Inspectors found three loose bolts in a ceiling panel at the westbound entrance to the Ted Williams harbor tunnel as inspections and tests continued in portions of the $14.6 billion Big Dig highway project where a woman died in a ceiling collapse two weeks ago.

Authorities diverted traffic around the questionable panel and shored it up with a portable support device in the tunnel, which extends Interstate 90 between downtown Boston and Logan International Airport.

"This is a precautionary step. There was no sign of failure, but we are erring on the side of public safety," Jon Carlisle, a spokesman for the state Highway Department, said Monday night.

A connector tunnel system leading to the eastbound side of the Ted Williams, as well as ramps leading from the Boston end of the westbound section, have been closed since several 3-ton concrete ceiling panels in the connector tunnel crushed a car on July 10, killing Milena Del Valle, 39, of Boston.

The Ted Williams Tunnel's panels are lighter and its suspension system considered more substantial, but the eastbound tunnel was closed for a day last week when two bolts were found to have slipped. Those areas are being reinforced with the same type of portable device as the westbound panel.

The questionable bolts discovered Monday are at the tunnel entrance just beyond toll booths at the airport end. One bolt on a bracket had dislodged about a half inch, while two bolts on another bracket had dislodged about one-eighth of an inch, and one-tenth of an inch, Carlisle said. The two loose bolts found last week in the eastbound section appeared to have slipped one-half inch and one inch.

The pull tests were to be conducted overnight on Monday in the eastbound Ted Williams, Carlisle said. Buses have been the only traffic allowed in the eastbound tunnel, while general traffic has been using the westbound side.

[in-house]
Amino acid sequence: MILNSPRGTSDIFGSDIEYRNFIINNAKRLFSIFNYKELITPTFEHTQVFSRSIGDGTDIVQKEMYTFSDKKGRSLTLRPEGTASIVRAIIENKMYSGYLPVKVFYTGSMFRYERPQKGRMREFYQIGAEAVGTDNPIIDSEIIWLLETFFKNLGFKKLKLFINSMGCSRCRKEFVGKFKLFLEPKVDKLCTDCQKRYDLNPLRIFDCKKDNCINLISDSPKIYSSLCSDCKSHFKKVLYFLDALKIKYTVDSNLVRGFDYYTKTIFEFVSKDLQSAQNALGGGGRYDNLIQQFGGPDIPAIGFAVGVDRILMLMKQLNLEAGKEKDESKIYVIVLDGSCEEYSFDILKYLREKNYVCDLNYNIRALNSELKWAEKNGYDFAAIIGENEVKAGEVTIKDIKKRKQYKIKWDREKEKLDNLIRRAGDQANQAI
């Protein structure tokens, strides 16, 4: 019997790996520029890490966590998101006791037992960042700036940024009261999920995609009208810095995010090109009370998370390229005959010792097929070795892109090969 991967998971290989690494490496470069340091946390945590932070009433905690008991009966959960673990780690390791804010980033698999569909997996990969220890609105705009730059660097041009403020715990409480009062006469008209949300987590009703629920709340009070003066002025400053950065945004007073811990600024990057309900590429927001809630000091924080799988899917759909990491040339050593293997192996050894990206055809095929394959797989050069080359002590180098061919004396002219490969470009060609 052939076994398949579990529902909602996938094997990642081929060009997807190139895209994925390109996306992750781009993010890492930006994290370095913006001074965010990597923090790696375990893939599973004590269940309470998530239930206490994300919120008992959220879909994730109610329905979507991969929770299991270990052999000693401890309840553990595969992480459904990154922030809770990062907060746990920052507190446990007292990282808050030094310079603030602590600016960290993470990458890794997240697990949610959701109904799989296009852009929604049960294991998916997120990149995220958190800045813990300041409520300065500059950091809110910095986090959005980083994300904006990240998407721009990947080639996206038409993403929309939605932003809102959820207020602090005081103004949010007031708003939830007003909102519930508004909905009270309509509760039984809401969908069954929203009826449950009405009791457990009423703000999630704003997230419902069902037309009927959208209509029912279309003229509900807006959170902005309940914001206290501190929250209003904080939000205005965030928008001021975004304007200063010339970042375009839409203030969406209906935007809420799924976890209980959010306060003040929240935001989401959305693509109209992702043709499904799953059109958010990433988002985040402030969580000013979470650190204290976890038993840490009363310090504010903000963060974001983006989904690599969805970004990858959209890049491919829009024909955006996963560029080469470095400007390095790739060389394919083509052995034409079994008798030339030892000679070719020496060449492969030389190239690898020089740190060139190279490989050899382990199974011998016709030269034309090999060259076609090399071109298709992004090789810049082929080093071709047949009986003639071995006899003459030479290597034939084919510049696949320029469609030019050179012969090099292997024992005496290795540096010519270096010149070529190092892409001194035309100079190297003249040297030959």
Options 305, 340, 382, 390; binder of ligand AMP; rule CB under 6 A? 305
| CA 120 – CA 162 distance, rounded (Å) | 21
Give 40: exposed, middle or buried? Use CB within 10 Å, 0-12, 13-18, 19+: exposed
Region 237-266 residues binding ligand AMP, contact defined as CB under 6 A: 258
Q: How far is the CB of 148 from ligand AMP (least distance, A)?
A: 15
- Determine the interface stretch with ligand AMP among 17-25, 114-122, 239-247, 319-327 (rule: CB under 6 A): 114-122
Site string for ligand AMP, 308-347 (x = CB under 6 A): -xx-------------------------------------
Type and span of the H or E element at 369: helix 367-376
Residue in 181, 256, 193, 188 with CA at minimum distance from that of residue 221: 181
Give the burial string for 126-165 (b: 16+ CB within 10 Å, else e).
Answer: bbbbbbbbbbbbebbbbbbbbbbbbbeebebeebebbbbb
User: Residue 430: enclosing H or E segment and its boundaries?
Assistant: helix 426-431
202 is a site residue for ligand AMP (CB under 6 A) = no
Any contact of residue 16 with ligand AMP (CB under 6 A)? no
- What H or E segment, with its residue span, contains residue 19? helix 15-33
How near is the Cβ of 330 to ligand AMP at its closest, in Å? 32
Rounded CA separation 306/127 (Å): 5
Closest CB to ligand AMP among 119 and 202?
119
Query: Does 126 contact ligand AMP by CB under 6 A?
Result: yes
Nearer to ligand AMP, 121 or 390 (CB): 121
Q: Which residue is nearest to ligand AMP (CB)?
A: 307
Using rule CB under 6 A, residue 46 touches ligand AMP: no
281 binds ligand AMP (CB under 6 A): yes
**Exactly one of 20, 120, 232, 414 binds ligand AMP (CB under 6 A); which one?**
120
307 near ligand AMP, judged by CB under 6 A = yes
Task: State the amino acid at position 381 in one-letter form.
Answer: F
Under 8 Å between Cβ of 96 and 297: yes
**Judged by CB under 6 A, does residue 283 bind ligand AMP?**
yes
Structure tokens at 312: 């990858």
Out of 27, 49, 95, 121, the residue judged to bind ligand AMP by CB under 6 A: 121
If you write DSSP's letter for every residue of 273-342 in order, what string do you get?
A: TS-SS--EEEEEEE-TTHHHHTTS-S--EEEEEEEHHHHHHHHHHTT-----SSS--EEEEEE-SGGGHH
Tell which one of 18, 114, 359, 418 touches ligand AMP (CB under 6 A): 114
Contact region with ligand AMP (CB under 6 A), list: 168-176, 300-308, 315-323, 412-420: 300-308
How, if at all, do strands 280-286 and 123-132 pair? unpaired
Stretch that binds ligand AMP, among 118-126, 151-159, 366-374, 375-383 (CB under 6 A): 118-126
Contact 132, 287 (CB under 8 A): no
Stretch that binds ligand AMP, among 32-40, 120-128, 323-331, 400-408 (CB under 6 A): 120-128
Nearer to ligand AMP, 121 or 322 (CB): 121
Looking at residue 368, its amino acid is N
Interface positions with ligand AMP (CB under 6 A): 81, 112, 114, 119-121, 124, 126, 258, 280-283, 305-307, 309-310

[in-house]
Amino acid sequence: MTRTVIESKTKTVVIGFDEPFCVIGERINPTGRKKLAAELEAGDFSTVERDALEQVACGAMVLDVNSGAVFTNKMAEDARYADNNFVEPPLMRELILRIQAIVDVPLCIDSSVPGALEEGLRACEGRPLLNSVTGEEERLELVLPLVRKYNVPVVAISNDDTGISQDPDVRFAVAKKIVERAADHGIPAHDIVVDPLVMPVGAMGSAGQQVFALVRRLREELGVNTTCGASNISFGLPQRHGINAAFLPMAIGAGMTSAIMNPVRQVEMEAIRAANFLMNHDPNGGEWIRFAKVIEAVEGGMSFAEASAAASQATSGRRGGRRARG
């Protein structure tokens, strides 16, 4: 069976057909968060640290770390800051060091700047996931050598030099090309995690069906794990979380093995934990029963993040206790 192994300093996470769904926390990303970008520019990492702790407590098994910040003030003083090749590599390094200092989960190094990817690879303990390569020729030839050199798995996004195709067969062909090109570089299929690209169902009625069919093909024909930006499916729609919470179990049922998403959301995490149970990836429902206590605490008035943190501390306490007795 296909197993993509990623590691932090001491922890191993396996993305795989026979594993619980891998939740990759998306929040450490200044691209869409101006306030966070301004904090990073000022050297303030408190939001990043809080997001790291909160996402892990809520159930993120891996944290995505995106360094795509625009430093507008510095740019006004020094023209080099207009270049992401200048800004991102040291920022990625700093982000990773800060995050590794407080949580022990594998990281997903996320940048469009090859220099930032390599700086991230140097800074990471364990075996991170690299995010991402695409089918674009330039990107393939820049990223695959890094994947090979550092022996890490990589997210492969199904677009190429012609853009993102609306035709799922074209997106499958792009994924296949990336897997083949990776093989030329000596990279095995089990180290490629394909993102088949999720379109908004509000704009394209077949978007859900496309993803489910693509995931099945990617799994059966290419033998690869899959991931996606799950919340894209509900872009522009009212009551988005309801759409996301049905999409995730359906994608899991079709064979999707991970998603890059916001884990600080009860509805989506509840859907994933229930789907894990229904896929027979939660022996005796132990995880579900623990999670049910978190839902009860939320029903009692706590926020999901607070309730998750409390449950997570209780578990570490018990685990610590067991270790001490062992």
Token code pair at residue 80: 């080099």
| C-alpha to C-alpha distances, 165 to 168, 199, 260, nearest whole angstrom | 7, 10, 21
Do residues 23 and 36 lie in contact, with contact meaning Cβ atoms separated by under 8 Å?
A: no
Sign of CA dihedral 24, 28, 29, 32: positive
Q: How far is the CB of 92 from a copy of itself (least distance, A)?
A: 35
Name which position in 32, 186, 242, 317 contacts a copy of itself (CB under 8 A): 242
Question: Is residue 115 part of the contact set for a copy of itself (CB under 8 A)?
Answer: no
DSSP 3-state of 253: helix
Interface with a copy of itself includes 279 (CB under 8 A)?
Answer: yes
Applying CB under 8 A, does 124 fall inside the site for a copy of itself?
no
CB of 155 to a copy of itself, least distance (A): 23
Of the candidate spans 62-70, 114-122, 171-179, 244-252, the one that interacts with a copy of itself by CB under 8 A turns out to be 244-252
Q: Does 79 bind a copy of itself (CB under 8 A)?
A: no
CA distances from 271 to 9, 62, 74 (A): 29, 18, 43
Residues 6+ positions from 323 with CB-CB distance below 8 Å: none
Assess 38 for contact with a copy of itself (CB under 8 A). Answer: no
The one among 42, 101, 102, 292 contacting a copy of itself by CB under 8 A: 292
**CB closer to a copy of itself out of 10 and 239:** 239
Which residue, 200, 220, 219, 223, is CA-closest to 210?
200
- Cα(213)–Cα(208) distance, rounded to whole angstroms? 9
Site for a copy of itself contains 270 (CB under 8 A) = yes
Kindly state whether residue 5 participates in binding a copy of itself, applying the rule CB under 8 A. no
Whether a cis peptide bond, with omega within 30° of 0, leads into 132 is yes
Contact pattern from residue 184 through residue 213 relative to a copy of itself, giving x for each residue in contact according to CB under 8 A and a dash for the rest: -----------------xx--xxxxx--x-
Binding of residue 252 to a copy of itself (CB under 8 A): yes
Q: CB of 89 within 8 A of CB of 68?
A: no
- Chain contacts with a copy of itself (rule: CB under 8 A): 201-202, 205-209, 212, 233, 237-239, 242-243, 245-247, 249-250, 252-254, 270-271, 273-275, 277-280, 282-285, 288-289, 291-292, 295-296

Attorney General Tom Reilly already had been leading the state cost recovery efforts with the Big Dig project's overseer, Bechtel/Parsons Brinckerhoff, and is pursuing a state criminal case related to the ceiling collapse. Reilly's spokesman suggested Monday that a liability cap and lost-revenue clauses in state agreements with Bechtel/Parsons Brinckerhoff could complicate his cost-recovery efforts.

"But the final chapter on Bechtel in Massachusetts isn't written yet, and we'll do everything we can to hold them and anyone else accountable for their failures on this project," David Guarino, Reilly's communications director said in a statement.

One agreement limited the money that could be recovered to the state's insurance protection, plus 150 percent of the management fee received Bechtel/Parsons Brinckerhoff. That fee has been estimated at $150 million. The second agreement altered the liability limit so it included the insurance protection, plus $100 million from Bechtel/ Parsons Brinckerhoff.

State officials later estimated the state's insurance protection at $50 million, meaning the contract limited Bechtel/Parsons /Brinckerhoff's liability to $150 million in total.

Also on Monday, Massachusetts Turnpike Authority Chairman Matt Amorello, who has overseen the beleaguered Big Dig project, filed a lawsuit seeking to prevent the governor from holding a hearing on Thursday seeking to demote him from his $223,000-a-year post. Romney has long criticized his management of the Big Dig, and renewed calls for his ouster as chairman since the fatal ceiling collapse. Amorello's lawyers contend that the governor does not have the authority to demote him.

The continued wrangling over Amorello's job came on the same day Romney appointed former Fidelity Investments executive Judy Pagliuca to the Turnpike board, days after learning he violated a state law by stacking the board with fellow Republicans.

Pagliuca, who is not enrolled in a political party, replaces Romney's former consumer affairs secretary, Beth Lindstrom, who was appointed July 1, as the governor prepared to gain control over the five-member board that oversees the Big Dig highway project.

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